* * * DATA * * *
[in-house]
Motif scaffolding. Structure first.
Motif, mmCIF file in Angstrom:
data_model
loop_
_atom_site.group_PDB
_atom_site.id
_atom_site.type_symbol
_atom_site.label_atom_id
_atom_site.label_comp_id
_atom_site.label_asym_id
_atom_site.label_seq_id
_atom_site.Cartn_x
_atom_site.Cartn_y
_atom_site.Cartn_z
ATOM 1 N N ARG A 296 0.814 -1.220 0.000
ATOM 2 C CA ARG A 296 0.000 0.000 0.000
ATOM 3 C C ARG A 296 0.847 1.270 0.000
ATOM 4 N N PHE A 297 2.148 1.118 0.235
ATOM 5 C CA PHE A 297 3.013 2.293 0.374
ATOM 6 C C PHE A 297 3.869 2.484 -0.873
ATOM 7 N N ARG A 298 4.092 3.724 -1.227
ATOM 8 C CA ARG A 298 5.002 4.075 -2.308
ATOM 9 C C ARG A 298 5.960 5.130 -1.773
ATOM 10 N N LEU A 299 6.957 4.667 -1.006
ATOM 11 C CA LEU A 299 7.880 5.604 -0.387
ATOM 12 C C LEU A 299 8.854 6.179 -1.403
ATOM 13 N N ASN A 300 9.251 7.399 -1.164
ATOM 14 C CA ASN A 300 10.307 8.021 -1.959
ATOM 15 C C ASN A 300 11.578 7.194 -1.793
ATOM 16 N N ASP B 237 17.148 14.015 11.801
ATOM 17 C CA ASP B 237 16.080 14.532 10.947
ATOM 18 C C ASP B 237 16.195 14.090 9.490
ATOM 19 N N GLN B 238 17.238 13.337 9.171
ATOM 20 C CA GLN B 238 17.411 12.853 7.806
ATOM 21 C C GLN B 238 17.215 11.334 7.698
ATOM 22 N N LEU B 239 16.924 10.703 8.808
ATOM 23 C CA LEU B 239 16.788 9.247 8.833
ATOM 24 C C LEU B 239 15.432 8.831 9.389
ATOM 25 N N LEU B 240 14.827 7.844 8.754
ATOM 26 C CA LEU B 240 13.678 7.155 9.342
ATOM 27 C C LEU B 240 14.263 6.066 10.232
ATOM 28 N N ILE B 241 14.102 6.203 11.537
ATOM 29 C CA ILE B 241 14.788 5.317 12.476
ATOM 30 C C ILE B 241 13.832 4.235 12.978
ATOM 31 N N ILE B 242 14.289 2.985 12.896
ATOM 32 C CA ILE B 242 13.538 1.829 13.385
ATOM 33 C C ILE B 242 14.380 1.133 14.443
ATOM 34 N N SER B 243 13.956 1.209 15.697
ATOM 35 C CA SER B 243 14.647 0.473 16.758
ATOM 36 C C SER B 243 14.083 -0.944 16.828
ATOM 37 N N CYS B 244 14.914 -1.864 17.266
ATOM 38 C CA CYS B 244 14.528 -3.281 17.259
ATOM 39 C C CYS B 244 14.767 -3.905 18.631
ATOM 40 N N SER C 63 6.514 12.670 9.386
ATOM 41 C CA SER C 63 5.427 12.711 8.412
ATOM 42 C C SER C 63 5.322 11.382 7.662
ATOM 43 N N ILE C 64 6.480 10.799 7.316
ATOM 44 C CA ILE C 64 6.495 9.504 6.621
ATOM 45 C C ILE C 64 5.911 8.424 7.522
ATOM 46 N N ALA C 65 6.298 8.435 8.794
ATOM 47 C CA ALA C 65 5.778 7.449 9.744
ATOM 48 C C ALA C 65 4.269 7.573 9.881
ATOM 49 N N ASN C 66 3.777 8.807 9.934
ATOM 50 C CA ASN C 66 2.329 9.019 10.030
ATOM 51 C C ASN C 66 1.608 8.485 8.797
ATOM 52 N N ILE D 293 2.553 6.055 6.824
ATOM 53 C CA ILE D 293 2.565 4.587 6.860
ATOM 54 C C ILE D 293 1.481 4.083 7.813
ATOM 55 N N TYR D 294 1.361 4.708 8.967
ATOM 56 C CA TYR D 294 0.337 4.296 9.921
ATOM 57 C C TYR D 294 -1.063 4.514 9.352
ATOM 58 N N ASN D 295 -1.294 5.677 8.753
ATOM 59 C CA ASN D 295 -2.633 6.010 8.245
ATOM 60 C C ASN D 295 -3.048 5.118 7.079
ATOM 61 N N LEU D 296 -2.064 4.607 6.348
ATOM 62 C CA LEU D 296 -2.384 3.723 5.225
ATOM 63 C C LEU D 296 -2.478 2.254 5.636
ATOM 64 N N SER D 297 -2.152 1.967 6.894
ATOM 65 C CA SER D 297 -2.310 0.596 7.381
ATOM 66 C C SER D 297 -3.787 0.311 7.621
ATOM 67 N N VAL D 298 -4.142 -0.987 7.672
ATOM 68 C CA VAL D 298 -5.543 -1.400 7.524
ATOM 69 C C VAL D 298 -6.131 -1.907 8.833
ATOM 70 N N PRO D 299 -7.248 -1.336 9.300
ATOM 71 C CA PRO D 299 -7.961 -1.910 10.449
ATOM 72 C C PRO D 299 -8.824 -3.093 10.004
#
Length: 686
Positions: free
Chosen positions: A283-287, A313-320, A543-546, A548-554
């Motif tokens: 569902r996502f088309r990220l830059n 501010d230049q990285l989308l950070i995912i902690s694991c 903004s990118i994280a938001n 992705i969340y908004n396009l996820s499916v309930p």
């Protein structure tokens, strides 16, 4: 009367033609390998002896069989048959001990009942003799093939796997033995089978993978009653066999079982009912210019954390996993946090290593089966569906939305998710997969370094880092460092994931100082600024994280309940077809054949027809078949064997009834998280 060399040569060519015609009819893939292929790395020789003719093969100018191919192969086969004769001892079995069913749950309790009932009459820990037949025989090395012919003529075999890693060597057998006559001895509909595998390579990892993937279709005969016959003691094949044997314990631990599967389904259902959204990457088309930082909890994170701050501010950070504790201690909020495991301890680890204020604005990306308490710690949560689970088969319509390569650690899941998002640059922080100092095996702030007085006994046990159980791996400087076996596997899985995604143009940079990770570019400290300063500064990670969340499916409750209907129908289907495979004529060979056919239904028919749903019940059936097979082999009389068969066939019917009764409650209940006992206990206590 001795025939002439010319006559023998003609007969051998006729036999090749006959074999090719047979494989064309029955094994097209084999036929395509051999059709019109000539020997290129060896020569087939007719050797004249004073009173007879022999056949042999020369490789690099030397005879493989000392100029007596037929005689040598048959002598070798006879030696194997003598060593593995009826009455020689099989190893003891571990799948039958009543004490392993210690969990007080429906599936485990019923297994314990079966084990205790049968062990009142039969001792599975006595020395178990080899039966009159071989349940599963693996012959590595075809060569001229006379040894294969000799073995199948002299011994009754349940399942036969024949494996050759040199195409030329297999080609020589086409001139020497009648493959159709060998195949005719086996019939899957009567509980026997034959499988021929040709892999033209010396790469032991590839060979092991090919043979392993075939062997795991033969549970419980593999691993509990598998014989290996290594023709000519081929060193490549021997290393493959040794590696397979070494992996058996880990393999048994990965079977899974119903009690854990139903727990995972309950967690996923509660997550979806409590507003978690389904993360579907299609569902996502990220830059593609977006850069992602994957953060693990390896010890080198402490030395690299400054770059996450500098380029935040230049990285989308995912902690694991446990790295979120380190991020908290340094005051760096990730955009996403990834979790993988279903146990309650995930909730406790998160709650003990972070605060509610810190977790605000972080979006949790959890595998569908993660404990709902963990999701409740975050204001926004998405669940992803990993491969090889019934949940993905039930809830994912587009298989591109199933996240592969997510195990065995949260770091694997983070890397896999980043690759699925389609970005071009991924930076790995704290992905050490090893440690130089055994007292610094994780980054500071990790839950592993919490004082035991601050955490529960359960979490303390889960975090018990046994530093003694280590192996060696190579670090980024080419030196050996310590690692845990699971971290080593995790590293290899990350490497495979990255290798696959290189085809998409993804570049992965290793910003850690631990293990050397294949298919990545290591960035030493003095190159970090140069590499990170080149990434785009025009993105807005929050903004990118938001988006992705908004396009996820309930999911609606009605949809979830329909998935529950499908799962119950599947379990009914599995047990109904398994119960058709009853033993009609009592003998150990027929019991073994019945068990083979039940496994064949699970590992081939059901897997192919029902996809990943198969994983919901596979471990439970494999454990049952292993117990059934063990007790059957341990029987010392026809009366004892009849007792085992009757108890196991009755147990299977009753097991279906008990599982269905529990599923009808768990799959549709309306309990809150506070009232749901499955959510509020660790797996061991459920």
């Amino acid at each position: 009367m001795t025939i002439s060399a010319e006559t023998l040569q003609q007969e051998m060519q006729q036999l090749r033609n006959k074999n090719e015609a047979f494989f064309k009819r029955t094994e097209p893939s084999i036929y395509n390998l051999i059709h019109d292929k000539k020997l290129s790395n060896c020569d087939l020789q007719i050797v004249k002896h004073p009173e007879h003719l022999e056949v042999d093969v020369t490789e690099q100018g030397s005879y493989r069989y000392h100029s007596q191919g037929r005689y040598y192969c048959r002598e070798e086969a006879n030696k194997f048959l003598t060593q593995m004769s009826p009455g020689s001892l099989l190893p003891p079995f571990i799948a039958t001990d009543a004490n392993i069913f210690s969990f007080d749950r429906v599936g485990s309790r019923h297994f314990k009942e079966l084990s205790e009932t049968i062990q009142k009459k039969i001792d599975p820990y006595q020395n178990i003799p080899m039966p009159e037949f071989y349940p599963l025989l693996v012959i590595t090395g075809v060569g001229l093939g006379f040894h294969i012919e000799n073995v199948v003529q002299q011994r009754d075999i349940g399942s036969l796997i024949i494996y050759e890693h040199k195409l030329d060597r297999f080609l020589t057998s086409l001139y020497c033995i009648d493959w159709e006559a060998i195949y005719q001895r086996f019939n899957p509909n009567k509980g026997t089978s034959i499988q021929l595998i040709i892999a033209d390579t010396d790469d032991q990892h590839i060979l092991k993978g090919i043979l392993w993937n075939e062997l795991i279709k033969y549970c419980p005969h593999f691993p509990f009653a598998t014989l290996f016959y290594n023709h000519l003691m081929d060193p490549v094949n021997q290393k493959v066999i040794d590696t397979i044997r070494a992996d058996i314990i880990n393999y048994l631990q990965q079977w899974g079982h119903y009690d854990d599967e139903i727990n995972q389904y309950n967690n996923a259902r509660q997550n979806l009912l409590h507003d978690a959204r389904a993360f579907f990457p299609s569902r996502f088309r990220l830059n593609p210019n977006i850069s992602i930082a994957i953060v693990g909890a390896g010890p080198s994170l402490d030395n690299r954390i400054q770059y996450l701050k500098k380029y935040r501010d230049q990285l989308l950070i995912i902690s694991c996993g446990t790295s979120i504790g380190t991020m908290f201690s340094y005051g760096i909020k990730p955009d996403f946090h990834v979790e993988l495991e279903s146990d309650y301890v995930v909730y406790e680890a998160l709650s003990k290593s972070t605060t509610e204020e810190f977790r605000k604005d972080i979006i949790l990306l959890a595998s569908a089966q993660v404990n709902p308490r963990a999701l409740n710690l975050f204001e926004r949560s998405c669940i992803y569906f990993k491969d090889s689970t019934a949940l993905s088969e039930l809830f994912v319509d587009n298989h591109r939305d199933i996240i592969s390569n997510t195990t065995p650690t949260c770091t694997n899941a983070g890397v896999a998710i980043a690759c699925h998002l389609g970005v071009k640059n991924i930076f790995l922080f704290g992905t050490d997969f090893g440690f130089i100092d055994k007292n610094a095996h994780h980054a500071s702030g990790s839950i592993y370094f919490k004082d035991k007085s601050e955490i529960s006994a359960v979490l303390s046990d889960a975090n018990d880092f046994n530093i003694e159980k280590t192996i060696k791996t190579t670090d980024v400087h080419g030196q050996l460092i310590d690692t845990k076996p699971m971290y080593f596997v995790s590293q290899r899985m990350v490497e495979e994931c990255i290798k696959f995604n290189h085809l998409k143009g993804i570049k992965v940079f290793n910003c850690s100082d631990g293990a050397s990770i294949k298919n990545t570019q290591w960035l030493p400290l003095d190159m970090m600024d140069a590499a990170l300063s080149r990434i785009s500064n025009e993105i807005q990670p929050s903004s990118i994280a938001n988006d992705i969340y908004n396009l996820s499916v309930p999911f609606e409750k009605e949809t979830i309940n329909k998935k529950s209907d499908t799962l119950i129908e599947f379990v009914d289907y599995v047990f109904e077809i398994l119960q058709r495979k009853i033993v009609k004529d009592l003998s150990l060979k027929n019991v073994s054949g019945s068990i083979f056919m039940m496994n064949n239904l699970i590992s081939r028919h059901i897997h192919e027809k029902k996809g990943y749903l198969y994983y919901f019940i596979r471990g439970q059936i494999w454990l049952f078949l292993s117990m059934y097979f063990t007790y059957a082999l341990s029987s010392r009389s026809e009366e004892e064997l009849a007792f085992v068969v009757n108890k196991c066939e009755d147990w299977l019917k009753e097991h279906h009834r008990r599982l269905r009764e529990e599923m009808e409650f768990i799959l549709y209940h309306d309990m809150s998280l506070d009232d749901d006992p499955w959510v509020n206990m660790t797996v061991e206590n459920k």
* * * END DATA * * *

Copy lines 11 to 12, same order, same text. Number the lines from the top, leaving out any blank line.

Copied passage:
_atom_site.label_asym_id
_atom_site.label_seq_id